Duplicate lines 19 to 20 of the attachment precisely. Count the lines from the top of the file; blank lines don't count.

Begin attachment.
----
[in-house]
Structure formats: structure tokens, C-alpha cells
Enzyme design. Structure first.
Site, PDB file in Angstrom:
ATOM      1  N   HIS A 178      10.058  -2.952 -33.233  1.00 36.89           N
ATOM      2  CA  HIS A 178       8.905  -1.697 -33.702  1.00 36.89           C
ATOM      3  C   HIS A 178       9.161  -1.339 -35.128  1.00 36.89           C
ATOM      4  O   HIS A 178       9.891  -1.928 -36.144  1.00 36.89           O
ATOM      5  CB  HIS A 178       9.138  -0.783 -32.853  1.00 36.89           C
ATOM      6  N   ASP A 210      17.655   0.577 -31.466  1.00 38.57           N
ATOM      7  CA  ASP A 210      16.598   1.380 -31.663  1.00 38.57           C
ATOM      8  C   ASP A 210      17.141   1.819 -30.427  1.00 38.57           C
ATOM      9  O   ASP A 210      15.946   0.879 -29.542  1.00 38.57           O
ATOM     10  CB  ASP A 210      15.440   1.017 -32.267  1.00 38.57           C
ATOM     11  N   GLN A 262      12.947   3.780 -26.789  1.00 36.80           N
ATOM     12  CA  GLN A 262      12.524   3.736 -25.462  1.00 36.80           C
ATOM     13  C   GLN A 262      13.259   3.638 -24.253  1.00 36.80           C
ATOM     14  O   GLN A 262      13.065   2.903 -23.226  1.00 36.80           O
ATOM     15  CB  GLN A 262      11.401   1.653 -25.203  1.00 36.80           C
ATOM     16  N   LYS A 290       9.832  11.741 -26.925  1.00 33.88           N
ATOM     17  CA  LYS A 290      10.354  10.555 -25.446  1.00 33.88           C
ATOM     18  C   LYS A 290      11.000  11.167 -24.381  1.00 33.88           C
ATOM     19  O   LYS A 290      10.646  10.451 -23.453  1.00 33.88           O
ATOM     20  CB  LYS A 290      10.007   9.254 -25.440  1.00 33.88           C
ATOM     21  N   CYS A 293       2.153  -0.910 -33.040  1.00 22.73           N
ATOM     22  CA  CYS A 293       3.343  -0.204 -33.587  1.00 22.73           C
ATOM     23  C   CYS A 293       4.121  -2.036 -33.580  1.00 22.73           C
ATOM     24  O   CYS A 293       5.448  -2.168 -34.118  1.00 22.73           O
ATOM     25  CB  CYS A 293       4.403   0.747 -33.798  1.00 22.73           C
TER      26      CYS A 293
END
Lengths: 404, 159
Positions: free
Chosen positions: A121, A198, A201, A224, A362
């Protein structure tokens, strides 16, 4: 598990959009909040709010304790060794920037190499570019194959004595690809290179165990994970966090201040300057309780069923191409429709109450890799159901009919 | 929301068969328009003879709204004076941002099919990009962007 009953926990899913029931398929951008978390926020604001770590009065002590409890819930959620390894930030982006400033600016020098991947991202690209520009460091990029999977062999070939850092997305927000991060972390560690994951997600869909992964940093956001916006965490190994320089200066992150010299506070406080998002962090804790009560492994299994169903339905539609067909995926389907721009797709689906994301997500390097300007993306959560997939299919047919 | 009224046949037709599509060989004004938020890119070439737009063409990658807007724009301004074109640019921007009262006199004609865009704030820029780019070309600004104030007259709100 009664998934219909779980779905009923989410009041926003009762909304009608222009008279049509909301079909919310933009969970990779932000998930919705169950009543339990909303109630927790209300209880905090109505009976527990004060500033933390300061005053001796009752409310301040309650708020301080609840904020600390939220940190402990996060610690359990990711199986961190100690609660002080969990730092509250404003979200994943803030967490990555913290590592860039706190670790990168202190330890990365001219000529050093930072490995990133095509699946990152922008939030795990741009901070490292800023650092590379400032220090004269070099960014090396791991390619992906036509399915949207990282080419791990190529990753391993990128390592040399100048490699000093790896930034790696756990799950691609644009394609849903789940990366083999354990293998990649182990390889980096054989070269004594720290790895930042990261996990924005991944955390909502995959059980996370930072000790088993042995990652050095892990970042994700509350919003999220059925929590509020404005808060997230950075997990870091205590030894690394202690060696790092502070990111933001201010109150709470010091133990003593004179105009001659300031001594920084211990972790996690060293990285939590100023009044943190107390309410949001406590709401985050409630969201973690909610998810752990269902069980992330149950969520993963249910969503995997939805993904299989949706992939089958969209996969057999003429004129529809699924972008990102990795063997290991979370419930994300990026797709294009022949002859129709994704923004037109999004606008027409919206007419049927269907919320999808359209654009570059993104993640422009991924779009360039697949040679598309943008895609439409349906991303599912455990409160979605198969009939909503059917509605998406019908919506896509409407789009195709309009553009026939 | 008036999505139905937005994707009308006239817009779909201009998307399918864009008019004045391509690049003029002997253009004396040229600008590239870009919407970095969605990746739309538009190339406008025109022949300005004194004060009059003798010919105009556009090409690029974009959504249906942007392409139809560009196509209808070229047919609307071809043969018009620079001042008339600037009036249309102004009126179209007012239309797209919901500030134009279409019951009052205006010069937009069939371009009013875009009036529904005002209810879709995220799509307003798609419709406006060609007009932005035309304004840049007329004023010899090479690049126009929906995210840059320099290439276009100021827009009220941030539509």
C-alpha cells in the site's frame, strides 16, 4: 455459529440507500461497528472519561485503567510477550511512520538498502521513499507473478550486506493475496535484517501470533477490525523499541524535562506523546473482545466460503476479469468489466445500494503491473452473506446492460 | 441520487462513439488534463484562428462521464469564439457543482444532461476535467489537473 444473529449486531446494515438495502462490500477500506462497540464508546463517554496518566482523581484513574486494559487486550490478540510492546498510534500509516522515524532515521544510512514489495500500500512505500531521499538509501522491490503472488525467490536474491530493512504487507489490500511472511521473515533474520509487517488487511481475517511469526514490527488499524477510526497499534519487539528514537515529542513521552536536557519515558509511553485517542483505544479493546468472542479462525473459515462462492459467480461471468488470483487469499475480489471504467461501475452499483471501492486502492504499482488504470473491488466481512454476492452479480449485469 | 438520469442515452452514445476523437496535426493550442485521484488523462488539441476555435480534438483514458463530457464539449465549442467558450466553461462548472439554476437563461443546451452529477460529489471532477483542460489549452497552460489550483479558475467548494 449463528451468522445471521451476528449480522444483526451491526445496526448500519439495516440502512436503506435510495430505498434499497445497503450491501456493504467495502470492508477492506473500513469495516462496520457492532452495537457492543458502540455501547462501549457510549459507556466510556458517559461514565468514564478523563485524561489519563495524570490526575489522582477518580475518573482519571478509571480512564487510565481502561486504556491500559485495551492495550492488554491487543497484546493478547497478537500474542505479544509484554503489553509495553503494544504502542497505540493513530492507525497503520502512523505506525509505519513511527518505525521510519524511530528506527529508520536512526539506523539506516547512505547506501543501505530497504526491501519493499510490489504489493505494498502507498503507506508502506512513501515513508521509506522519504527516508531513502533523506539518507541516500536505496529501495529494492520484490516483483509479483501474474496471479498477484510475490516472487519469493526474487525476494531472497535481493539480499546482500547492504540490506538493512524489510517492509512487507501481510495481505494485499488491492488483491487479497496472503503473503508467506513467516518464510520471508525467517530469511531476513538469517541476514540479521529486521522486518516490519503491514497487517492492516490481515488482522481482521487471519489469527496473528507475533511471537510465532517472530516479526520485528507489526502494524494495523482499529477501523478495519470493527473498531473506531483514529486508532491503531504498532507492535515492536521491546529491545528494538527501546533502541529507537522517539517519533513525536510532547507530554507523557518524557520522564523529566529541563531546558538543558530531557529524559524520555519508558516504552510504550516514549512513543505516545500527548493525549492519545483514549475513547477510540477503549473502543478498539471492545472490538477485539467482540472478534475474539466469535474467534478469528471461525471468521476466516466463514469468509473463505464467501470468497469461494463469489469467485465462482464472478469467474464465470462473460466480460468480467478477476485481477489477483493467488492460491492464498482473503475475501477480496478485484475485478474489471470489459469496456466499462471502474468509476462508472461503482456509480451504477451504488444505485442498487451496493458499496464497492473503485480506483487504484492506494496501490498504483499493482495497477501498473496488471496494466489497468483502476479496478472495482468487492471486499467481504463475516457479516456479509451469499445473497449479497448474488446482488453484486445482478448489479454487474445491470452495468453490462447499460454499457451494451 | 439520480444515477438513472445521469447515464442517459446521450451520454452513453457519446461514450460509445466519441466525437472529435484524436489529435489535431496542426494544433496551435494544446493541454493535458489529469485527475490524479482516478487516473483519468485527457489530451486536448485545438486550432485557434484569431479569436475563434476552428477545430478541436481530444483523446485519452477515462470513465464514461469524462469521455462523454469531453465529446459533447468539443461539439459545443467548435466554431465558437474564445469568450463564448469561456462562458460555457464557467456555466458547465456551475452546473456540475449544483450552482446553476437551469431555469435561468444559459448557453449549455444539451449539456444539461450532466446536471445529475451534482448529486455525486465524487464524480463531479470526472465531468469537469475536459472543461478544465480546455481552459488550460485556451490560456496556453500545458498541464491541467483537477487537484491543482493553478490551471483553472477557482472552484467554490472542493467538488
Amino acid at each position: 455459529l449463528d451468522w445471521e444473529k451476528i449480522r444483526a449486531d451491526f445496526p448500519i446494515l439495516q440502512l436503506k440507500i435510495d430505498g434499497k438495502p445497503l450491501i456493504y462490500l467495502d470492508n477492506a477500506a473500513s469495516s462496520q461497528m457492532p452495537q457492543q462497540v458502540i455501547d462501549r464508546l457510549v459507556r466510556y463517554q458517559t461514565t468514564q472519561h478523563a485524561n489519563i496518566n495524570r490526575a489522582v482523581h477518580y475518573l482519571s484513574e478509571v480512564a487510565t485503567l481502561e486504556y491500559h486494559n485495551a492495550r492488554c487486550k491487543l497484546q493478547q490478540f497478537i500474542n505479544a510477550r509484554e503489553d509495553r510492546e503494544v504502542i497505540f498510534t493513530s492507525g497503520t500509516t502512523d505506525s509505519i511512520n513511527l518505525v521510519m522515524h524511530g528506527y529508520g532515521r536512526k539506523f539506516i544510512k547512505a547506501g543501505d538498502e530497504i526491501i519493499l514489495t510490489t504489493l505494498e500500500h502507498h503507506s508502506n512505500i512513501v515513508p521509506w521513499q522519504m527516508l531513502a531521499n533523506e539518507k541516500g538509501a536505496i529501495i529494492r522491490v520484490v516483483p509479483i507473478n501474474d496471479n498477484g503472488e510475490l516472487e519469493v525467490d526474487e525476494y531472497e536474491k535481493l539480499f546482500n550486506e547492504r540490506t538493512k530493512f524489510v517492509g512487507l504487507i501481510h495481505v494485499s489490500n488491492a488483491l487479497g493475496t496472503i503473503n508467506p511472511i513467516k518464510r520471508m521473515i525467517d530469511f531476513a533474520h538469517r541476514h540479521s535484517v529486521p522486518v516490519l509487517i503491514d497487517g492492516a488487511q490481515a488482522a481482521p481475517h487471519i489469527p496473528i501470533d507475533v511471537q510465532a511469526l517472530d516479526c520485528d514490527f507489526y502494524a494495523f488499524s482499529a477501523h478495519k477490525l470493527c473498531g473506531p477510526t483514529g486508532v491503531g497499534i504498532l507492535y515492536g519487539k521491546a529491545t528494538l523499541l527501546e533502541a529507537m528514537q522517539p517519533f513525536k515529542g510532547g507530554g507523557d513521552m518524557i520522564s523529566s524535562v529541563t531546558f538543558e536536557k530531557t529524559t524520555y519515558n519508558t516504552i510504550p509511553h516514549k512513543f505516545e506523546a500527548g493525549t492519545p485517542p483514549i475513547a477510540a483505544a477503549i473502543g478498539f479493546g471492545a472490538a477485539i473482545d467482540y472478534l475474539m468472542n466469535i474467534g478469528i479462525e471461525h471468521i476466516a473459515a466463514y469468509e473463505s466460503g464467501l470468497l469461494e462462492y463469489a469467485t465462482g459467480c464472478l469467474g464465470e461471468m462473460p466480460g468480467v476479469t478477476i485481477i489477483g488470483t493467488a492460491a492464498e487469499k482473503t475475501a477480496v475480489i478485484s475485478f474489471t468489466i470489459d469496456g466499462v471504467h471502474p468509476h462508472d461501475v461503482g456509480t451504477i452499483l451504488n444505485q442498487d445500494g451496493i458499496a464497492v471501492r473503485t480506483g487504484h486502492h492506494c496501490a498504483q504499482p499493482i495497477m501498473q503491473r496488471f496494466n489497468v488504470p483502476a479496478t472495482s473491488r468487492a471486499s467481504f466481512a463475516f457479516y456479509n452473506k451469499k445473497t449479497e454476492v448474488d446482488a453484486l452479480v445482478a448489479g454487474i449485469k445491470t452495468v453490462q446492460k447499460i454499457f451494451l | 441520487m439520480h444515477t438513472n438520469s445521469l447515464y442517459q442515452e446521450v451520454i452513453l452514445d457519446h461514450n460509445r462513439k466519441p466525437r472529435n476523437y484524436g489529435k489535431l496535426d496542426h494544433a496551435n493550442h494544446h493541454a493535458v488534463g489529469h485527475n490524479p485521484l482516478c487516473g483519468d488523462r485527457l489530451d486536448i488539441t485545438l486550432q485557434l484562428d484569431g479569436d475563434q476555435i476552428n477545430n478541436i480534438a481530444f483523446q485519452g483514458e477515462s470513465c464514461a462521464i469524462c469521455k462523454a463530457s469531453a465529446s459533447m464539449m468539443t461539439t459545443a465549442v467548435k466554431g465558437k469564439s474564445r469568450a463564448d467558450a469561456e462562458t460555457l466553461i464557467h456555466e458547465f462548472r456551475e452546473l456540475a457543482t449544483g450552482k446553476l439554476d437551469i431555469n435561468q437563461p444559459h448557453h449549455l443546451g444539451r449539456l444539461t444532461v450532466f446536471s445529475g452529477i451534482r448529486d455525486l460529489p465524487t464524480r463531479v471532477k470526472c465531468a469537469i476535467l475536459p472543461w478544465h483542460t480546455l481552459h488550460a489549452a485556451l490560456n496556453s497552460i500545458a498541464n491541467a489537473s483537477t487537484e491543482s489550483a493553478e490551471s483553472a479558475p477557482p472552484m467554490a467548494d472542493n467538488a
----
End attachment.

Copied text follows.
ATOM     15  CB  GLN A 262      11.401   1.653 -25.203  1.00 36.80           C
ATOM     16  N   LYS A 290       9.832  11.741 -26.925  1.00 33.88           N